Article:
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Stephanie Klick

Senate approves one medical marijuana bill

A pleasant surprise.

Rep. Stephanie Klick

Marijuana advocates were handed an unlikely victory Wednesday after the Texas Senate advanced a bill greatly expanding the list of debilitating medical conditions that can legally be treated by cannabis oil in the state.

Although the upper chamber’s leadership once opposed bills that would relax the state’s pot policies, the Senate unanimously voted in favor of a bill by state Rep. Stephanie Klick, R-Fort Worth, that expands the state’s Compassionate Use Program, which currently allows the sale of cannabis oil only to people with intractable epilepsy who meet certain requirements.

The bill now heads back to the Texas House, where lawmakers can either approve the Senate changes or opt to iron out their differences in a conference committee before lawmakers adjourn in five days. Klick did not immediately respond to a request for comment on whether she’d accept the Senate changes to her bill.

The version of the bill approved by the Senate would expand the list of conditions that qualify for the medicine to include all forms of epilepsy; seizure disorders; multiple sclerosis; spasticity; amyotrophic lateral sclerosis, or ALS; terminal cancer; autism and incurable neurodegenerative diseases. The bill also axes a requirement in current statute that says those wanting access to the medicine need the approval of two licensed neurologists, rather than one.

“This bill is about compassion,” said state Sen. Donna Campbell, R-New Braunfels, the Senate sponsor of the bill. “For patients participating in the [Compassionate Use Program], they have had a remarkable and life-altering change because of this. That’s compassion.”

Under Campbell’s version of the bill, the Texas Department on Public Safety would still have oversight of the Compassionate Use Program. Her revised bill also keeps intact the 0.5% cap on the amount of the psychoactive element in marijuana, known as THC, that medical cannabis products are legally allowed to contain. Campbell’s version also axes a provision in Klick’s bill that calls for a research program to assess how effective cannabis is as a medical treatment option for various conditions.

See here for the background. For whatever the reason, Dan Patrick decided to cooperate and play nice, and so here we are. It’s not much, and it brings us no closer to the criminal justice reform part of this, but it’s a step forward, and the more of those the better. The House still needs to approve the Senate changes, and Greg Abbott still needs to sign it, but I feel good about this one going the distance.

SB9 clears House committee

Let the stalling tactics begin!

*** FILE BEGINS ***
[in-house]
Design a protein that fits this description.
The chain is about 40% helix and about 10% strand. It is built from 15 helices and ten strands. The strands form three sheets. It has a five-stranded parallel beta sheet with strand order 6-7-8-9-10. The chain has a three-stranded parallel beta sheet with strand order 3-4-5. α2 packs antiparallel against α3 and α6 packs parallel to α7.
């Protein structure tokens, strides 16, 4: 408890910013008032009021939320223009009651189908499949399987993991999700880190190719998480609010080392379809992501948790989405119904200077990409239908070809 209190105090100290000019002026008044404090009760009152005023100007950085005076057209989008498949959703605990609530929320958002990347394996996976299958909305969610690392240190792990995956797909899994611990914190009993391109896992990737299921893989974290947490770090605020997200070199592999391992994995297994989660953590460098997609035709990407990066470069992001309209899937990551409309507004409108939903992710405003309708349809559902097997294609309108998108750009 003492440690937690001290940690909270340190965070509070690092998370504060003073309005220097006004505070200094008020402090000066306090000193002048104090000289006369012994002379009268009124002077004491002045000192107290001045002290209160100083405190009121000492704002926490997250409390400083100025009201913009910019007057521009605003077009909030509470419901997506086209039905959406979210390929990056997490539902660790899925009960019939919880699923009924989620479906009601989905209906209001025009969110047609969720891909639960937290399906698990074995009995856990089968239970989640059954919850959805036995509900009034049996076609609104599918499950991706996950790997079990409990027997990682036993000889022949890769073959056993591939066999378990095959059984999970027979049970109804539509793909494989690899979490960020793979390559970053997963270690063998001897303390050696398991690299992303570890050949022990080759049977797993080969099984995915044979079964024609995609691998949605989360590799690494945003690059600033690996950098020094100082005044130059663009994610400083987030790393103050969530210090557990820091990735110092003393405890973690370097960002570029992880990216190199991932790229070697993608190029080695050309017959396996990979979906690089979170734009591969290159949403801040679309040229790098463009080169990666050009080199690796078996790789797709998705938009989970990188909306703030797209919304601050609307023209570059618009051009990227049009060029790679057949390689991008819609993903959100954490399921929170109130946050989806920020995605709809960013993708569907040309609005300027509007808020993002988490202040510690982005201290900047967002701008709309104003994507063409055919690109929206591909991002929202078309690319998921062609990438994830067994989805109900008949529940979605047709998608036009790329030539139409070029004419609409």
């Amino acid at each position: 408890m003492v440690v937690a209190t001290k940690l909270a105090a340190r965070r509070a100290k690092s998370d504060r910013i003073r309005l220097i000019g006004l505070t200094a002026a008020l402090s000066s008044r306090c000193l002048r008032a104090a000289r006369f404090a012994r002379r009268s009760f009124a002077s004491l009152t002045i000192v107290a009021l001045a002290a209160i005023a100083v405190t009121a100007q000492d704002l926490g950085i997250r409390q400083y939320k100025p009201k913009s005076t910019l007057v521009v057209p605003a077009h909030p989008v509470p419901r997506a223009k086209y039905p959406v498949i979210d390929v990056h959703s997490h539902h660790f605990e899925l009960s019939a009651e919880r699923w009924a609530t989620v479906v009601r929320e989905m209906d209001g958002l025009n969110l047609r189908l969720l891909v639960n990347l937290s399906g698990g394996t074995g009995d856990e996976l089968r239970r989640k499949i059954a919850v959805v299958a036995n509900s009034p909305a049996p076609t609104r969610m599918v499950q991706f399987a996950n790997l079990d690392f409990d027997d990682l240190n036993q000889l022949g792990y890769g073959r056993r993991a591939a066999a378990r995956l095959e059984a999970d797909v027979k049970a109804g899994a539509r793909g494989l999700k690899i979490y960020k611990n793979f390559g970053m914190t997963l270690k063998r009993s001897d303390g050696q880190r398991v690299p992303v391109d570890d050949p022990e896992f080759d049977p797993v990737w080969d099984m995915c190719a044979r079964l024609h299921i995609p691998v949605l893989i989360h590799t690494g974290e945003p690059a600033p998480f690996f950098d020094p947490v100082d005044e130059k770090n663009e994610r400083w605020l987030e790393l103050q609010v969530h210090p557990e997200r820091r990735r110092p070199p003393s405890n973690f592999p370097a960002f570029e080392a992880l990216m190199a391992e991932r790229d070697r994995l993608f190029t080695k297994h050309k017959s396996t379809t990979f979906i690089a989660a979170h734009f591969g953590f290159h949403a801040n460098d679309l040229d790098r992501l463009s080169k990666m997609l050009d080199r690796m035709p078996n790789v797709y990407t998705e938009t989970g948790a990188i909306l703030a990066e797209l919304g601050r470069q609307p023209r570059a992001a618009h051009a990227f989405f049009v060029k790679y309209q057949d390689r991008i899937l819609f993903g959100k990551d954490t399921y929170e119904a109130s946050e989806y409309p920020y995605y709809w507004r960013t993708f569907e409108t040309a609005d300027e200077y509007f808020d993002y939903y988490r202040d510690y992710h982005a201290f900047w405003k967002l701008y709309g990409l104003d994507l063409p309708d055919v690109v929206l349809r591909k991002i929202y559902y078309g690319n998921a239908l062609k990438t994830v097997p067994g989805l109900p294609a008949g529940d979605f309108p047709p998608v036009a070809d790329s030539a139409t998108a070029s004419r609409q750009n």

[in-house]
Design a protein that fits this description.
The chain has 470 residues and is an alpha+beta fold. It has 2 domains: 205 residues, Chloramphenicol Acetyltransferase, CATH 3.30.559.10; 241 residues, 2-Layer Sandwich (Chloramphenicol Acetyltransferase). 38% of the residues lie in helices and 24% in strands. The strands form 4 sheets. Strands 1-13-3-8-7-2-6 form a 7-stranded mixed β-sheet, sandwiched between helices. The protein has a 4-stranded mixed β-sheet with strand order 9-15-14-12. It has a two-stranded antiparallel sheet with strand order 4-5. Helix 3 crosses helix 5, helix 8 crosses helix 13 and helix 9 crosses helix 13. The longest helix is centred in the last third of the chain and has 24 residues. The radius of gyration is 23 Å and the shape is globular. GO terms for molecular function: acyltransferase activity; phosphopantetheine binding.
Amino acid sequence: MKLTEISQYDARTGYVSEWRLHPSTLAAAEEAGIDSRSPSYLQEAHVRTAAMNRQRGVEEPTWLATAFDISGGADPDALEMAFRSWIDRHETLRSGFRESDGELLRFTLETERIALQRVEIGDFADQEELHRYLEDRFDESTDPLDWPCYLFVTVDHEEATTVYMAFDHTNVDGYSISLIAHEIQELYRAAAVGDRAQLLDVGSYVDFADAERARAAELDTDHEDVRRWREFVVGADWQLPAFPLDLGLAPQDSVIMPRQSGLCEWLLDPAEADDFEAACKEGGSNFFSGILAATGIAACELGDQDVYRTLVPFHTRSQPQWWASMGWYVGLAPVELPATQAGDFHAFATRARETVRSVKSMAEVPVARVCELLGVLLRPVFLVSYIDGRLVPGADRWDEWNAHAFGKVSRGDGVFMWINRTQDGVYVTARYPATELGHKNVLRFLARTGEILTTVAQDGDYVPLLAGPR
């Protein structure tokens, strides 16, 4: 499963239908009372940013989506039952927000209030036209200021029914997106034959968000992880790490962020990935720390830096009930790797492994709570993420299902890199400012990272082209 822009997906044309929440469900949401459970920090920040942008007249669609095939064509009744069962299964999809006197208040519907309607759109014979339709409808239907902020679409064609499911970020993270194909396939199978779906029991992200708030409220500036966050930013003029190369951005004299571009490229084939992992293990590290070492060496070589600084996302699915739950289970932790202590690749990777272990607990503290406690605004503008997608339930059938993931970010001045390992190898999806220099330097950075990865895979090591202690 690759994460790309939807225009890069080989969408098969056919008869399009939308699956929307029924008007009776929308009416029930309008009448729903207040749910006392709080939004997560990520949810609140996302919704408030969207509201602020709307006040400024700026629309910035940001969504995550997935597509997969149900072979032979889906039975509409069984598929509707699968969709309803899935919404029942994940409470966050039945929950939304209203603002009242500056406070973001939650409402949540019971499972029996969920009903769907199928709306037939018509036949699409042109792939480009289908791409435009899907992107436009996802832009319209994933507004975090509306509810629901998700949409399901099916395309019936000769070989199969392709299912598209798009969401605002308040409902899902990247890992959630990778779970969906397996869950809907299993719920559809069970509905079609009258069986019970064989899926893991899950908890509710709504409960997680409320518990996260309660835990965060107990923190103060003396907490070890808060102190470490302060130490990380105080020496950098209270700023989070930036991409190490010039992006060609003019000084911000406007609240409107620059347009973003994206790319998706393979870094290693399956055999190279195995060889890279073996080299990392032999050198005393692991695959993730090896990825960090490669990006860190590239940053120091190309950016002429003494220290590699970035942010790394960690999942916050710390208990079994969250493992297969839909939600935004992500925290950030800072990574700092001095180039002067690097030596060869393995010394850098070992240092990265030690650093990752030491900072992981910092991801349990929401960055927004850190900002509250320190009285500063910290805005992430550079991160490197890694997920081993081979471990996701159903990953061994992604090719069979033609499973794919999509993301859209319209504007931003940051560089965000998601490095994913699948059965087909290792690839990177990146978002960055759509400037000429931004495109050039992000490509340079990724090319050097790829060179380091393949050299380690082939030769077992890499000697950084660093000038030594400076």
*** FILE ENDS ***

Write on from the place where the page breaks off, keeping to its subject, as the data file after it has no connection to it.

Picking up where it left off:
Still the only voter ID anyone should need

The House Elections Committee voted Friday to advance a controversial election bill, setting up a race to get it onto the full chamber’s agenda ahead of bill-killing deadlines that start this weekend.

The committee approved Senate Bill 9 by Republican state Sen. Bryan Hughes on a 5-4 party-line vote during a short meeting on the House floor called two days after the panel heard hours of public testimony — a vast majority in opposition of the bill — during a marathon hearing that ran past midnight.

SB 9 is a wide-ranging bill that makes more than two dozen changes to election practices. Among the provisions are one to make it a felony for Texans who vote when they’re ineligible — even if they do so unknowingly — and another to allow partisan poll watchers or election officials to be present at a voting station if a voter is getting help from someone who isn’t a relative. Those individuals would then be allowed to examine the voter’s ballot before it’s submitted to determine whether it was filled out “in accordance with the voter’s wishes.”

The legislation also grants the state attorney general direct access to the voter rolls and essentially allows Texas to participate in a controversial, Kansas-based voter verification program that has proved to be unreliable and riddled with cybersecurity weaknesses.

[…]

The bill now heads to the House Calendars Committee, which sets the full chamber’s agenda. If it makes it onto the House calendar, the chamber will need to approve it before a midnight deadline Tuesday. Already running against the clock, the House Elections Committee delayed a vote on the bill twice, canceling a Thursday vote when too few Republicans would be in the room to get it out of committee.

See here for the background. AT this point, there are two main questions. First, can the Democrats do enough to delay this bill from getting to the House floor? (Assuming it gets on the calendar, which I figure it will.) And second, if the Dems manage to delay it to death, does Greg Abbott call a special session to revive it? My best guesses are Yes for the first, and Too Soon To Tell for the second. Let’s take it one step at a time and see where we go. In the meantime, keep calling your legislators to let them know that SB9 is a bad bill. The Observer has more.

So what’s happening with SB9, the vote suppression bill?

The big House committee hearing was on Wednesday.